Geographic networks of practice are also important, particularly when it comes to fostering or rejecting innovation within an organization. Brown and Duguid offer the example of Apple, the company “down the road” that benefited from Xerox’s inability to absorb the graphic user interface innovation that its employees had developed. If an organization’s management is unable to merge a new activity or new way of doing business into its existing practices, the employees who value it will find someplace else to put their ideas into practice. Geographic contiguity is one aspect of the ecology of organizations that allows information that is lying dormant in one place to “leak” to another nearby where it will be put to use.
Finally, the authors puncture the well-known promise of a paperless society. Paper documents have many capabilities that people value. Again, trust is one of them. Colleagues’ marginal comments on a well-thumbed document can inspire confidence that a clean presentation delivered electronically cannot.
Yet the wide-ranging historical discussion of paper documents exemplifies a fundamental flaw in the authors’ approach. They identify the human aspects that information technology can’t replace, rather than investigate what people really need and want. They observe people not to discover their needs and wants but to find out how to insert information technology successfully into their lives. In political terms, people are their object, not their subject; in business terms, they are selling, not marketing. That is their prerogative, but a focus on what people want, rather than on what the new technology lacks, could have carried their analysis in new directions instead of reaching the simple conclusion that the old tools have value.
For instance, in my experience, the proportion of people who use the new information tools to make decisions is relatively small. Queries to readers of American Demographics found that they were most likely to use demographic data to build a case for doing what they wanted to do–say, to fill in the blanks to get the loan–not to decide whether to do it. Similarly, most people prefer to work in ways they feel comfortable with rather than in ways identified as efficient or rational. A colleague once spent hours presenting an information-laden way of designing inventories to the chief executive of one of the world’s largest liquor distributors, only to have the man tell him, “I understand what you’re proposing, but I don’t want to do business that way.” Sending sales representatives to chat with storeowners was a business practice he liked. And it provided the information he wanted, including subjective information about the premises and the retailers that the objective customer database did not possess.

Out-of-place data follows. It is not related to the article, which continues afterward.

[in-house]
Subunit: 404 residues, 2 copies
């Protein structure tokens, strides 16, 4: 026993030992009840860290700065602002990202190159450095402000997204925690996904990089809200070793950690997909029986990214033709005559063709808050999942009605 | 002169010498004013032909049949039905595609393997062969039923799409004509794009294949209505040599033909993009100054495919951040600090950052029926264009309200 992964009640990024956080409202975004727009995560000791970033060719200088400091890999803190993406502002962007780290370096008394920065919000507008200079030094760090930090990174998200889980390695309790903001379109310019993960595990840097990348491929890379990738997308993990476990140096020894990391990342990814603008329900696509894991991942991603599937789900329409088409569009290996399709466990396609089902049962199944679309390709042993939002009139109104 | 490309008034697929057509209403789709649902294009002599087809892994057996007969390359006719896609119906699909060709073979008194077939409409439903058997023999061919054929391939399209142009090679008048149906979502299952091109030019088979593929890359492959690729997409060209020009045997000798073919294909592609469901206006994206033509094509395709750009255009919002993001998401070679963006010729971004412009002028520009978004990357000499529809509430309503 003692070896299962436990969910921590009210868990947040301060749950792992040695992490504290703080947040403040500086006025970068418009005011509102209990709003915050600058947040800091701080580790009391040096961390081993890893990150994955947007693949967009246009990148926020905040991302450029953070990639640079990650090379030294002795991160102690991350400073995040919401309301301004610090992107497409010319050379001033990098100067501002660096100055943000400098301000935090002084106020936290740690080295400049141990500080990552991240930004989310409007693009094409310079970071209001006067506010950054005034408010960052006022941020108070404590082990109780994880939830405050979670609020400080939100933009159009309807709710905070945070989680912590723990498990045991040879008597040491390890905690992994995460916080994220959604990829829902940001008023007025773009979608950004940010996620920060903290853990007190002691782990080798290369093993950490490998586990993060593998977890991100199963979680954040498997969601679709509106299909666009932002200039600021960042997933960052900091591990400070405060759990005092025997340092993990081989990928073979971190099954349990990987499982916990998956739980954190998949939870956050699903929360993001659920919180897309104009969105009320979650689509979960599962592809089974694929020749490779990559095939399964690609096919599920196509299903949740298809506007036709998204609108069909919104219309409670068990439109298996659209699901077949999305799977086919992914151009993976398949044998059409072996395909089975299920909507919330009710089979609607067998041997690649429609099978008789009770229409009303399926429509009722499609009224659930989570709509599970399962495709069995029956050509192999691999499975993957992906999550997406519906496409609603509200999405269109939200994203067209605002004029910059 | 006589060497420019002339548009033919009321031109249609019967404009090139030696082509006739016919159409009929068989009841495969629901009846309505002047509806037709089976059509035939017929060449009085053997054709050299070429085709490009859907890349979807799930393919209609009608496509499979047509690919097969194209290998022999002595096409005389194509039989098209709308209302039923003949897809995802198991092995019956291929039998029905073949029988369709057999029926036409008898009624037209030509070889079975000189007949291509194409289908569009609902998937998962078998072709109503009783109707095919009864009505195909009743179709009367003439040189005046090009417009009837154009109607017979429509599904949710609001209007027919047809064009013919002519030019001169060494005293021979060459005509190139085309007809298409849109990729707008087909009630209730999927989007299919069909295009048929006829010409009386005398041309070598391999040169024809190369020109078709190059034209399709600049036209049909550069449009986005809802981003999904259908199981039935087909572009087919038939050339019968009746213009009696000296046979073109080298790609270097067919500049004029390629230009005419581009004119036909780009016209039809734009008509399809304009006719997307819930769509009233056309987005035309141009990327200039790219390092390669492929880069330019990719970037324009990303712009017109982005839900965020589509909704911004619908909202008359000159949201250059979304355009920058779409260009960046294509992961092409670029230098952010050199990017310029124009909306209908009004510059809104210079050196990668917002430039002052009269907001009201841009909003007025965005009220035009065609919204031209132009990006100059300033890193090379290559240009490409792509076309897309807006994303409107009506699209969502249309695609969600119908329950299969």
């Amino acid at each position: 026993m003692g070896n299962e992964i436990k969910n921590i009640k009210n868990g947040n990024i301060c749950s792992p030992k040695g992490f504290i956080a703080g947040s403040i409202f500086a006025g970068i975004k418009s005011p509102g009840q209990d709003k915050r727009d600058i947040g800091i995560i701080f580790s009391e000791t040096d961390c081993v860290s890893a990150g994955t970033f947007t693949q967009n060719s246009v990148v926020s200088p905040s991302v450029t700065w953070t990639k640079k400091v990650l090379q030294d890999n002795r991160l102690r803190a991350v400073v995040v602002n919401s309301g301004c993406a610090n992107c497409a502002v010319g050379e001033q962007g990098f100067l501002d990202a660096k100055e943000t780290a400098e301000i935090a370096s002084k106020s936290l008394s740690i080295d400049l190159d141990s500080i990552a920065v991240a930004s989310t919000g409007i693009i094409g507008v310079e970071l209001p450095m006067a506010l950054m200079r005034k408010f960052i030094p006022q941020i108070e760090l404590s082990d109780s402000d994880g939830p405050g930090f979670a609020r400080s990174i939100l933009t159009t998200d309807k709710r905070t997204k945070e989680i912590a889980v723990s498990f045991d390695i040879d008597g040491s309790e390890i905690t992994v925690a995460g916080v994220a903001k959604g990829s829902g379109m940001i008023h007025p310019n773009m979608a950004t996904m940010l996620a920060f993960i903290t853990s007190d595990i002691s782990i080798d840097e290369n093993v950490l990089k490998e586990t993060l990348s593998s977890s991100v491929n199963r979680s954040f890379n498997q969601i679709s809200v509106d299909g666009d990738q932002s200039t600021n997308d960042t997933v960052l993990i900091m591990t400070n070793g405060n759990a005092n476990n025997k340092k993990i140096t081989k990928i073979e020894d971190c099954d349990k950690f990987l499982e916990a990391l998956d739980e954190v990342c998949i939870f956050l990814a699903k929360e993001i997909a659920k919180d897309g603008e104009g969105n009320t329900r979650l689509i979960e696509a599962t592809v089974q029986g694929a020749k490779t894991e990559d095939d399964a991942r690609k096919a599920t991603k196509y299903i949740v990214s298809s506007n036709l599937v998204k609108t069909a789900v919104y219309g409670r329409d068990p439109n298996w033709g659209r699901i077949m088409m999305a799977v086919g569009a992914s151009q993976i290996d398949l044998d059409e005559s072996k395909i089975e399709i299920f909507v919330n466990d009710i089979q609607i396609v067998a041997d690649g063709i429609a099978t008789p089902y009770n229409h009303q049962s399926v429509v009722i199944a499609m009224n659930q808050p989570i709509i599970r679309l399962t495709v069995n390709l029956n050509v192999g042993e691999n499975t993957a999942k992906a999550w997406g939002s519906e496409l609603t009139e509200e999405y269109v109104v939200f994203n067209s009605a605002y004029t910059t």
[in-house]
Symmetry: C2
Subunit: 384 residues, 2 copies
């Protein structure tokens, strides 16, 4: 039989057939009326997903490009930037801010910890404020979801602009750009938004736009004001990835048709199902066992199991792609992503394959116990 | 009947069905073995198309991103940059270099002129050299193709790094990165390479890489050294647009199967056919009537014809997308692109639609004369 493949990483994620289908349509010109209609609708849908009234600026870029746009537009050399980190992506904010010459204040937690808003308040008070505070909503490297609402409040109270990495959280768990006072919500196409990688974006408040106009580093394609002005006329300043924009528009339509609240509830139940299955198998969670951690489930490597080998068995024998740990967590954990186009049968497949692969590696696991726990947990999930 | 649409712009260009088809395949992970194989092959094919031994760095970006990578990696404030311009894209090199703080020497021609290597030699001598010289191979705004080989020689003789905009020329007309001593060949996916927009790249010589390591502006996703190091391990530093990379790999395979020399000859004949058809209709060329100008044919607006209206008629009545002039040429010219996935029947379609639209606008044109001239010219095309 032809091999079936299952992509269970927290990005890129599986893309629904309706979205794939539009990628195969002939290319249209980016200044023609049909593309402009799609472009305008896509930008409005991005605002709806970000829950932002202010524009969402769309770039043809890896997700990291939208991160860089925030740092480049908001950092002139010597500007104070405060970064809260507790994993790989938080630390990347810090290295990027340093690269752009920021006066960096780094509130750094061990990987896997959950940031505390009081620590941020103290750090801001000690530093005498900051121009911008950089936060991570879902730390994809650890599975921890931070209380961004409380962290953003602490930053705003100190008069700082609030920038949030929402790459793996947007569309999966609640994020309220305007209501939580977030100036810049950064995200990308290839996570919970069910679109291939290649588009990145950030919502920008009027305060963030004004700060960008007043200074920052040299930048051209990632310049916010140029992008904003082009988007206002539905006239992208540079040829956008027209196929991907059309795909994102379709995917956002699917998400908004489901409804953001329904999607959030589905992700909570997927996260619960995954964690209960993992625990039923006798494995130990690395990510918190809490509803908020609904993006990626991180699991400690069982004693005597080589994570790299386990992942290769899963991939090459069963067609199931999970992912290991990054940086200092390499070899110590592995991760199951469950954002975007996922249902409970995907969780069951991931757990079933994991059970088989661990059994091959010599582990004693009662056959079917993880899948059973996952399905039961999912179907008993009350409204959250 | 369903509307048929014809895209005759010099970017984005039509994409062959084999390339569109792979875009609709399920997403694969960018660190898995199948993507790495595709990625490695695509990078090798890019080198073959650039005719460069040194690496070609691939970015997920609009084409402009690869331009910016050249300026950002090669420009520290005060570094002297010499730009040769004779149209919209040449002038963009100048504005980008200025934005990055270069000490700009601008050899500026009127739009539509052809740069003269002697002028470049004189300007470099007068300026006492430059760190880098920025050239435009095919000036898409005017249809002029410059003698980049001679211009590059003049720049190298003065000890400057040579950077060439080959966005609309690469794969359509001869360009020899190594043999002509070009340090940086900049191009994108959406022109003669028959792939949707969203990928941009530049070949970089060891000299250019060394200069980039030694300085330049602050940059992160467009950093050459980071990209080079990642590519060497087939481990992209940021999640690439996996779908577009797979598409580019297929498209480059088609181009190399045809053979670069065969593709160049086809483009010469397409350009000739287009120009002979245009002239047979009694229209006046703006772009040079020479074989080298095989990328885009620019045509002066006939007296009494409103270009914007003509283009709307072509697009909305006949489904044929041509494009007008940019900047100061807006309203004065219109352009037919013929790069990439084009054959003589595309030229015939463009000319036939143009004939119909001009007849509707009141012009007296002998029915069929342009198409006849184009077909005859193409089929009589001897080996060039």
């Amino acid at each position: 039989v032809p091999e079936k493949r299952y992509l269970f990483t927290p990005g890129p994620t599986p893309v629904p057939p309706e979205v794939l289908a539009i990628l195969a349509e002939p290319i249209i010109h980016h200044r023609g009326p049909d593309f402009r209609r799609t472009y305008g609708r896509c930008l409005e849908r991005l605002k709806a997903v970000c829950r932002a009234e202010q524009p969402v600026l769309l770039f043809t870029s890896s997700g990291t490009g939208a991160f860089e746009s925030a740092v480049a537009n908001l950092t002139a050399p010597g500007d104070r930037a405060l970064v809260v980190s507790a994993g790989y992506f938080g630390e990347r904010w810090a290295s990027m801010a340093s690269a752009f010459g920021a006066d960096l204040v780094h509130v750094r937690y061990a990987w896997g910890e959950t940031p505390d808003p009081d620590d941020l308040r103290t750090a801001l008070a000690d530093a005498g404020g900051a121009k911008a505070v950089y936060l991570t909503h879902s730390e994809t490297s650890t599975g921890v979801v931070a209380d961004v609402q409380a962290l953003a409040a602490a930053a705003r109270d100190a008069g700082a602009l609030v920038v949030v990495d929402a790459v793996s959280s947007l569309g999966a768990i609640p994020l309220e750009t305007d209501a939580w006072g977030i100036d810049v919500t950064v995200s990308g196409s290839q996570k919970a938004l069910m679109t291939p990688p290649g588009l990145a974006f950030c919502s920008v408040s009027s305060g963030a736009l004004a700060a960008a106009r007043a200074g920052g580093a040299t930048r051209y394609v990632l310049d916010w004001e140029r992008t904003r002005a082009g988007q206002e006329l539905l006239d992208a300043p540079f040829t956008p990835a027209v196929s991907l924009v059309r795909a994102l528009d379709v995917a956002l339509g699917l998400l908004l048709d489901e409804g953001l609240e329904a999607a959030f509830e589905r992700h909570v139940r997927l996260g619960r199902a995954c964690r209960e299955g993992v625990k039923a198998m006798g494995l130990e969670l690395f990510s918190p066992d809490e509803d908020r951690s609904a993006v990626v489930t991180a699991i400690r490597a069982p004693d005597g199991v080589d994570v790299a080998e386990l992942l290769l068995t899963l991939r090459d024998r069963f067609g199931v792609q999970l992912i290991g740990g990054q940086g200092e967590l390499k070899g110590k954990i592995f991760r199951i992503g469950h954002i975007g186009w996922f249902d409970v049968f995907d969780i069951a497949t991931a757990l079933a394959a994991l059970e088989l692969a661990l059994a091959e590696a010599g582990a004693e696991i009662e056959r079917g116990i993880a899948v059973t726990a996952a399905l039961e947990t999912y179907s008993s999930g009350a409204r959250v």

But the traditional ways of doing business are not always completely satisfactory, and managers are attracted to infotech innovations because they believe that there might be a better way. Brown and Duguid show how the high-tech solutions often fail to do the job. Perhaps they should now help their infoenthusiast colleagues talk to people about tasks they want to perform better and then work with them in using information technology to make the good old ways better.
Martha Farnsworth Riche (email@example.com), a consultant on the demographic aspects of public and private policy issues, was director of the U.S. Census Bureau from 1994 to 1998.